Disequilibrium conditions are central for understanding the origin of life. Taking energetic chemicals at high concentrations to synthesize more complex molecules will not be enough to emulate and understand early molecular evolution. To comprehend the dynamic development of a molecular Darwinian system, the knowledge of energy flows according to the second law of thermodynamics is crucial. We review experiments which explore thermal gradients to trigger Darwinian evolution. On the one hand, laminar thermal convection leads to highly regular temperature oscillations that allow the melting and replication of DNA. In the same setting, molecules move along the thermal gradient, a mechanism termed thermophoresis or Soret effect. If thermophoresis is perpendicular to the convection flow and inside a long chamber, accumulation becomes very efficient and accumulates even short DNA thousand-fold. We showed that replication and accumulation can be implemented in the same micrometer-sized setting. Future experiments will show how replication and accumulation of DNA could give rise to a Darwin process of replication and selection, solely driven by a thermal gradient.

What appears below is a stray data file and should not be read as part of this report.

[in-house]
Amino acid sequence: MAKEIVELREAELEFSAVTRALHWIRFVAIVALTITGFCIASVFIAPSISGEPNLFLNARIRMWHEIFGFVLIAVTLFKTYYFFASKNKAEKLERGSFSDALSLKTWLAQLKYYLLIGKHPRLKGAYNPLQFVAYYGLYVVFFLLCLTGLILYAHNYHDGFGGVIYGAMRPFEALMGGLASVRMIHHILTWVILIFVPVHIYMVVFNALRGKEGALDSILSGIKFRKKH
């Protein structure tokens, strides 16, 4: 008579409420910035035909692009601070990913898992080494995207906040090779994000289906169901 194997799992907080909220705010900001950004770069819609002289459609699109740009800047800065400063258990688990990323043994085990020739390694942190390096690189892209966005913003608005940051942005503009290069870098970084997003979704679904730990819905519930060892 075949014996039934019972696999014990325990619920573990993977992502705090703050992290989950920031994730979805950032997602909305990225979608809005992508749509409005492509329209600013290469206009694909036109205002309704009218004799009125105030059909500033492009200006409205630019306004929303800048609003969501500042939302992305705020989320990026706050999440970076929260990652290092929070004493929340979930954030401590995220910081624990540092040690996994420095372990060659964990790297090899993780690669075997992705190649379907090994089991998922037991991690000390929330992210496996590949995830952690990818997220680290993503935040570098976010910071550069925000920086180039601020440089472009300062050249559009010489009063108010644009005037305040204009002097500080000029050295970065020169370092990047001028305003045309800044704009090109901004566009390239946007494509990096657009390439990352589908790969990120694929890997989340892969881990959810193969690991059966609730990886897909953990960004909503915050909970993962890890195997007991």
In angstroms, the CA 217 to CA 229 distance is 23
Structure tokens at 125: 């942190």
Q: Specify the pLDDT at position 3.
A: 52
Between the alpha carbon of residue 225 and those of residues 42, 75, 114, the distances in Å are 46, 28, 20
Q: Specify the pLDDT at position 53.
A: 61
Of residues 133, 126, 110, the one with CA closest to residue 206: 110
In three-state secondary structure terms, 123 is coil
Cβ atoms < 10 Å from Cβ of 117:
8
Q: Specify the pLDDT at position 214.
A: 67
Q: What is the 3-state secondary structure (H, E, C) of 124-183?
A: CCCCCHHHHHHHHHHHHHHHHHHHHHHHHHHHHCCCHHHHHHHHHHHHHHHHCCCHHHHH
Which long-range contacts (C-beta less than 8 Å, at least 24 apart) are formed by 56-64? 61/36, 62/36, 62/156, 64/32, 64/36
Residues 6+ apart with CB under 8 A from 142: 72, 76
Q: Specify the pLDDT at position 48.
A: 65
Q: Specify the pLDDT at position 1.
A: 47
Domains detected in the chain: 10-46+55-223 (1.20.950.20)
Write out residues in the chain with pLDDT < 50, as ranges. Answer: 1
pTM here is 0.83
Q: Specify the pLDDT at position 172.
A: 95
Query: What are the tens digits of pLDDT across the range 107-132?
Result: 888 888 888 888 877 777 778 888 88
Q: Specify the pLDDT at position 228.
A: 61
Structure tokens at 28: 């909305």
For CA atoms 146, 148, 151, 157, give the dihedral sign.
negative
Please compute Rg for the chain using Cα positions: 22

Keywords: Thermal gradients, Thermophoresis, Thermal trap, Thermal convection, Molecular evolution, Soret effect, Darwinian process, Disequilibrium conditions.